If you’re a fan of potato and tend to binge eat potato-based dishes, you might have heard that sweet potato is a healthier alternative. The humble sweet potato is not only as delicious as a potato but also healthier. Commonly mistaken for yam, sweet potato is a nutritional powerhouse with several health benefits. Here are some of them.
1. Boosts Immunity
If you frequently suffer from bouts of cold, fever or joint pain, you might want to include sweet potato in your daily diet. Sweet potato is one of the richest sources of vitamin C, which boosts immunity and keeps diseases at bay. By reducing cell damage due to oxidation, vitamin C acts as an antioxidant and protects you from falling prey to harmful microbes and toxins. In fact, studies believe that foods rich in vitamin C can lower risk of cardiovascular disease, stroke, cancer, and an increased lifespan.1
While local inflammation helps in the healing of wounds, it’s chronic inflammation that we’re concerned about. Chronic inflammation can lead to conditions ranging from digestive disorders and rheumatoid arthritis to certain cancers. Sweet potato possesses anti-inflammatory properties, thanks to its high levels of vitamin A.2 3
3. Keeps Your Eye Healthy
The orange color of sweet potato is due to the presence of carotenoids, an organic pigment. Carotenoids have been observed to promote eye health and reduce your risk of eye diseases like cataracts. Since the elderly are more prone to eye disorders, it’s wise to consume sweet potato if you’re over the age of 60. It’s important to note that carotenoids are best absorbed when combined with a high-fat food. So, eat baked sweet potato alongside foods like avocados or nuts (pecans).4
4. Supports Wound-Healing
Sweet potatoes can aid wound-healing and make the process quicker, thanks to its antioxidant content. Vitamin C is required for the synthesis of collagen, the main protein that skin is made of. Without vitamin C, your body might not be able to heal wounds properly.5
5. Assists Weight Loss
6. Treats Diabetes
Studies have revealed a link between potassium and diabetes. A low level of potassium in the body is believed to increase the risk of type II diabetes. Sweet potato contains a high amount of potassium, which can help manage your blood sugar levels. Fiber is another nutrient present in sweet potato that contributes to its anti-diabetic properties.7 8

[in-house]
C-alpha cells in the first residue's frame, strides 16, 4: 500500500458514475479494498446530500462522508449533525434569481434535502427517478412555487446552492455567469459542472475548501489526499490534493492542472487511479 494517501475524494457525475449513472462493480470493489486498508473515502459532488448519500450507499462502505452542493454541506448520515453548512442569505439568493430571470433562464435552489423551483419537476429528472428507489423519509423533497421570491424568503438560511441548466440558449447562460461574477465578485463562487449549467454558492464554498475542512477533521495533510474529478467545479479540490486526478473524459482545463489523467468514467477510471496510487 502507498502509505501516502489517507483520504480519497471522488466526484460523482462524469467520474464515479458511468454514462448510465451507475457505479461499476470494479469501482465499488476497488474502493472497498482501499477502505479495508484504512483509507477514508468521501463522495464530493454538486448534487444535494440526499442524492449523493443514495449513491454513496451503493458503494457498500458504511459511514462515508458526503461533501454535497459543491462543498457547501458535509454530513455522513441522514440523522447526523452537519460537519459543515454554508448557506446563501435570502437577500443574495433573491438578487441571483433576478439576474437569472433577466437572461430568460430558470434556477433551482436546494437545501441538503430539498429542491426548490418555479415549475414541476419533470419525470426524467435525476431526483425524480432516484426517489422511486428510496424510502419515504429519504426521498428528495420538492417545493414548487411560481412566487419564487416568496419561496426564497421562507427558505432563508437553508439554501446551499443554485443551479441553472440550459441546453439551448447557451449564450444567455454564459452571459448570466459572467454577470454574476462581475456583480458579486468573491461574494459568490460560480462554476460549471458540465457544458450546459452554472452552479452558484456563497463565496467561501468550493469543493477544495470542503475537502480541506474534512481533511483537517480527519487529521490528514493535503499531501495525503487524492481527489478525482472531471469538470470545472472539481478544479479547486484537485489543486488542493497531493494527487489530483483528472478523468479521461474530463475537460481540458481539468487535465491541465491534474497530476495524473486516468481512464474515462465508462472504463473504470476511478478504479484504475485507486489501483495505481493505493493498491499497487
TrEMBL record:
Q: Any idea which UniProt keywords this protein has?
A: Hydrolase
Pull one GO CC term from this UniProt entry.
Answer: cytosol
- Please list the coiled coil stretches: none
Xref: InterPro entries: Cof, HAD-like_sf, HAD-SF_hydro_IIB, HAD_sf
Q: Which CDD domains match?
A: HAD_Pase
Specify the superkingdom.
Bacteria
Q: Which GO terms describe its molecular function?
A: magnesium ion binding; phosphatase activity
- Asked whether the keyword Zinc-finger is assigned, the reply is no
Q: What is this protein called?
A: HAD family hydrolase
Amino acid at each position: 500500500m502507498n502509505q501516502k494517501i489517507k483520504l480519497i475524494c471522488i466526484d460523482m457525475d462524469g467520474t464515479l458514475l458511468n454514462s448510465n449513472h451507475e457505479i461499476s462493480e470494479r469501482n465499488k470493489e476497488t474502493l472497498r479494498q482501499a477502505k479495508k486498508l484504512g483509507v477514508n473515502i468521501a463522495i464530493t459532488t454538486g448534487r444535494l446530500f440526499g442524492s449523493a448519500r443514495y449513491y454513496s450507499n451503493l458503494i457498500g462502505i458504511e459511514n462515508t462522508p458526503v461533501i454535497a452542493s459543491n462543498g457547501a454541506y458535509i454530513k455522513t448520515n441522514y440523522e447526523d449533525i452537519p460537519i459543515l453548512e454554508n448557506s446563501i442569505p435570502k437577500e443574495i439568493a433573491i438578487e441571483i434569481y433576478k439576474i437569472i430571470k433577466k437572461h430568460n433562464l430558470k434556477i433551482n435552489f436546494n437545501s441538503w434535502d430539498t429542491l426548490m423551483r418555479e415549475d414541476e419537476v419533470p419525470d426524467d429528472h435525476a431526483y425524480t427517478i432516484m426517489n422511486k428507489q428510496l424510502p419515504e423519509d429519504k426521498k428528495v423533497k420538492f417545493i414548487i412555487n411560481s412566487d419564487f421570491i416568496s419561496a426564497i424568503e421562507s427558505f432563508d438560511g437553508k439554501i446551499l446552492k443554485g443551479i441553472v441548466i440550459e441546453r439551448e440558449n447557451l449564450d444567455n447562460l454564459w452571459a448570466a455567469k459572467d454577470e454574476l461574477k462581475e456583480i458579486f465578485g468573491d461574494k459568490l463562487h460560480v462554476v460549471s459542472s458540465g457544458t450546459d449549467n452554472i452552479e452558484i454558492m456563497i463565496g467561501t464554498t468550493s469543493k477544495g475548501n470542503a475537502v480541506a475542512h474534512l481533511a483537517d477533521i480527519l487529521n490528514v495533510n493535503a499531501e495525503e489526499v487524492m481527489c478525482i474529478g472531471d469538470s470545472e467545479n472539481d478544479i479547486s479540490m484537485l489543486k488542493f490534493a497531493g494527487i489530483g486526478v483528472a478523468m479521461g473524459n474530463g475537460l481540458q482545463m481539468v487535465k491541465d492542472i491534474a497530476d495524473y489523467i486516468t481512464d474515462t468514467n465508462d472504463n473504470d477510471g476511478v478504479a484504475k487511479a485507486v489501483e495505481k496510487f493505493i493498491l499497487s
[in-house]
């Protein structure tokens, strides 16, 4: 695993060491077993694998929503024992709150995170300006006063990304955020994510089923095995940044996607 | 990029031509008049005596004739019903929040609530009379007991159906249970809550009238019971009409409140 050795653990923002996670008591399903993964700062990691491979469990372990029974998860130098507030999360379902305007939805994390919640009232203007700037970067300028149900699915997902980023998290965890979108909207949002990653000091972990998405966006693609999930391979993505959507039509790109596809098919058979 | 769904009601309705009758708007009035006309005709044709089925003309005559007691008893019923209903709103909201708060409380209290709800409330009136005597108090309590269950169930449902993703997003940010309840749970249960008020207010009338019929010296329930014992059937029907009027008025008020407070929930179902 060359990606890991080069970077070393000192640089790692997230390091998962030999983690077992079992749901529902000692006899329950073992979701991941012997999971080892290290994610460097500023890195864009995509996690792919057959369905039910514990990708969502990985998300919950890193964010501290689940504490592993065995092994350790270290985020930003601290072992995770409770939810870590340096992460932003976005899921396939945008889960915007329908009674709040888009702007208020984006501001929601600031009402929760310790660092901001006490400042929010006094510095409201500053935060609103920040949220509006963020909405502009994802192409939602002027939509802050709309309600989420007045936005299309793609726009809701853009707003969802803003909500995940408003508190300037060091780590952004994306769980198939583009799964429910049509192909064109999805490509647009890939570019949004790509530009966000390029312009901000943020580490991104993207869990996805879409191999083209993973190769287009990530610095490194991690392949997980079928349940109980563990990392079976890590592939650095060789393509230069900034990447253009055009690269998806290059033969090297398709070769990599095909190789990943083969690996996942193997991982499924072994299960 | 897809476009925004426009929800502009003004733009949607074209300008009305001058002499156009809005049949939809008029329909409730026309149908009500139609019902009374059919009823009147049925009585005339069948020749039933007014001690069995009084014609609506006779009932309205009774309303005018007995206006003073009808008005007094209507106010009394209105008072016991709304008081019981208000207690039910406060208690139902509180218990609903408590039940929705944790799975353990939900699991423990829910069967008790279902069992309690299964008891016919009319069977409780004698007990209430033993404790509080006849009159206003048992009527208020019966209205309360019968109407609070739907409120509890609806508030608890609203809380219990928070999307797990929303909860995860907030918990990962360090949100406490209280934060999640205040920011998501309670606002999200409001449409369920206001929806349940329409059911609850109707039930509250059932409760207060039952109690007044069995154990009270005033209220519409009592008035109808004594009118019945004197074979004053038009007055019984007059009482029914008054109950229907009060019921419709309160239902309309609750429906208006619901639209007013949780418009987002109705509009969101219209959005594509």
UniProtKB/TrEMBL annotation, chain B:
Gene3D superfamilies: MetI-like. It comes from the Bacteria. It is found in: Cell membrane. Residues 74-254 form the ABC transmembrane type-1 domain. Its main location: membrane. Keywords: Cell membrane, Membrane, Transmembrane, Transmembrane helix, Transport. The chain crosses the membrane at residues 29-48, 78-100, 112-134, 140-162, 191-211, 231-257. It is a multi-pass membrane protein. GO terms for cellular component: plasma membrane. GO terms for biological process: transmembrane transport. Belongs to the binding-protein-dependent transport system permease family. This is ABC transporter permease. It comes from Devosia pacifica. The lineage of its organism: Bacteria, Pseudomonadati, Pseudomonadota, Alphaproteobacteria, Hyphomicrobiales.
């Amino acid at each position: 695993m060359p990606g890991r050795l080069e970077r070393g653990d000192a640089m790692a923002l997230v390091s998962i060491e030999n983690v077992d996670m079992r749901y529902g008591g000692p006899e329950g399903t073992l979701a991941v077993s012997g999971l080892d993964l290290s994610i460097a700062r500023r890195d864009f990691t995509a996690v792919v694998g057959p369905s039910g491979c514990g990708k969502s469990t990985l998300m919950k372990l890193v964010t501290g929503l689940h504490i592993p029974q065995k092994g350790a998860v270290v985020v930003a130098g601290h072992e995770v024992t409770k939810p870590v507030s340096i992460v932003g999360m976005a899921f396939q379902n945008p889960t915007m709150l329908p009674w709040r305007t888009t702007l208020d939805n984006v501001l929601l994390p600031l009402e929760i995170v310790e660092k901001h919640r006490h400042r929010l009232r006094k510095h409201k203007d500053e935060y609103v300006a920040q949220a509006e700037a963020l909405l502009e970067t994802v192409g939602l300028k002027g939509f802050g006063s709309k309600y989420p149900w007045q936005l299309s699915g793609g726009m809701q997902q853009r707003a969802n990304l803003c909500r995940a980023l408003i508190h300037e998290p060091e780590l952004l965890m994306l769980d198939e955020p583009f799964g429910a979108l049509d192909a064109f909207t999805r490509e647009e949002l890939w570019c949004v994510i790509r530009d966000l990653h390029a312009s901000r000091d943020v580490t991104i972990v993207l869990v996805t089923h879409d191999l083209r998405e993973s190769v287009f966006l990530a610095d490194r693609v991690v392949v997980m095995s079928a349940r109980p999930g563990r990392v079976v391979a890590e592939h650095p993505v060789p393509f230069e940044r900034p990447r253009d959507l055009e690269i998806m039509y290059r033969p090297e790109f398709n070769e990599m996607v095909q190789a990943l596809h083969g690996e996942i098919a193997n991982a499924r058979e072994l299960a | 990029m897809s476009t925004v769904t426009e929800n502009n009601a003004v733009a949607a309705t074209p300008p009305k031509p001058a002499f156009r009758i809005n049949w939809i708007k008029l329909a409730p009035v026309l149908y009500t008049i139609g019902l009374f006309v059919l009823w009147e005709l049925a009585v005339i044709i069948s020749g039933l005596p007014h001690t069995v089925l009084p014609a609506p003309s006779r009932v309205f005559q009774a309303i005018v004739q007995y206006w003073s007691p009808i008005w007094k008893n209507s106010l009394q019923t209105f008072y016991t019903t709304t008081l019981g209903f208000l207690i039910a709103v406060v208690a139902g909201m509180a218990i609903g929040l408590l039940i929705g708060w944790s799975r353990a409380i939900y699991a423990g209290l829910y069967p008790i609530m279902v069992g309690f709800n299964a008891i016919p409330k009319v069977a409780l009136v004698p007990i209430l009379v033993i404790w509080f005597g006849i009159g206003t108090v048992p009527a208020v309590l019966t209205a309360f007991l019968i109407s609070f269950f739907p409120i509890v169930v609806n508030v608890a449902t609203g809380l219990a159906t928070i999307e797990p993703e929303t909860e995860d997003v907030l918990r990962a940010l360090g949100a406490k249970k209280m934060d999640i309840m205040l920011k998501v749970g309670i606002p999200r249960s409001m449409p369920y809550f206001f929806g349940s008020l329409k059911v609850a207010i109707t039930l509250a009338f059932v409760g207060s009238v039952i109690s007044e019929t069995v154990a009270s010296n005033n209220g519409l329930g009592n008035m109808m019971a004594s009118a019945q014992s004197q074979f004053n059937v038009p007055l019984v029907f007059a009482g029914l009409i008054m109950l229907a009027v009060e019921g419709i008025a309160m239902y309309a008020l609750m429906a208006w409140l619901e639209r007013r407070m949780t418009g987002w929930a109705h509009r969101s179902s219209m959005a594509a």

7. Reduces Blood Pressure
If you have high blood pressure or hypertension, you’re at an increased risk of heart disease or stroke. Including high-fiber foods like sweet potato may help in the regulation blood pressure. Sweet potato is rich in magnesium and dietary fiber, both of which might reduce blood pressure levels and prevent hypertension.9 10
8. Promotes Lung Function
Boil or roast your sweet potato and sprinkle some cumin and pepper on them for added flavor. You could also add them to your salad, along with avocados and lettuce. However, if you suffer from kidney disease or kidney stones, avoid eating sweet potato as it could aggravate the condition.
|↑1||Padayatty, Sebastian J., Arie Katz, Yaohui Wang, Peter Eck, Oran Kwon, Je-Hyuk Lee, Shenglin Chen et al. “Vitamin C as an antioxidant: evaluation of its role in disease prevention.” Journal of the American college of Nutrition 22, no. 1 (2003): 18-35.|
|↑2||Mohanraj, Remya, and Subha Sivasankar. “Sweet Potato (Ipomoea batatas [L.] Lam)-A valuable medicinal food: A review.” Journal of medicinal food 17, no. 7 (2014): 733-741.|
|↑3||Reifen, Ram. “Vitamin A as an anti-inflammatory agent.” Proceedings of the Nutrition Society 61, no. 3 (2002): 397-400.|
|↑5||Moores, Jane. “Vitamin C: a wound healing perspective.” British journal of community nursing 18 (2013).|
|↑6||Making one change — getting more fiber — can help with weight loss. Harvard Health Publishing, Harvard Medical School.|
|↑7||Chatterjee, Ranee, Hsin-Chieh Yeh, David Edelman, and Frederick Brancati. “Potassium and risk of type 2 diabetes.” Expert review of endocrinology & metabolism 6, no. 5 (2011): 665-672.|
|↑8||How Does Fiber Affect Blood Glucose Levels?
|↑9||Streppel, Martinette T., Lidia R. Arends, Pieter van’t Veer, Diederick E. Grobbee, and Johanna M. Geleijnse. “Dietary fiber and blood pressure: a meta-analysis of randomized placebo-controlled trials.” Archives of internal medicine 165, no. 2 (2005): 150-156.|
|↑10, ↑11||De Baaij, Jeroen HF, Joost GJ Hoenderop, and René JM Bindels. “Magnesium in man: implications for health and disease.” Physiological reviews 95, no. 1 (2015): 1-46.|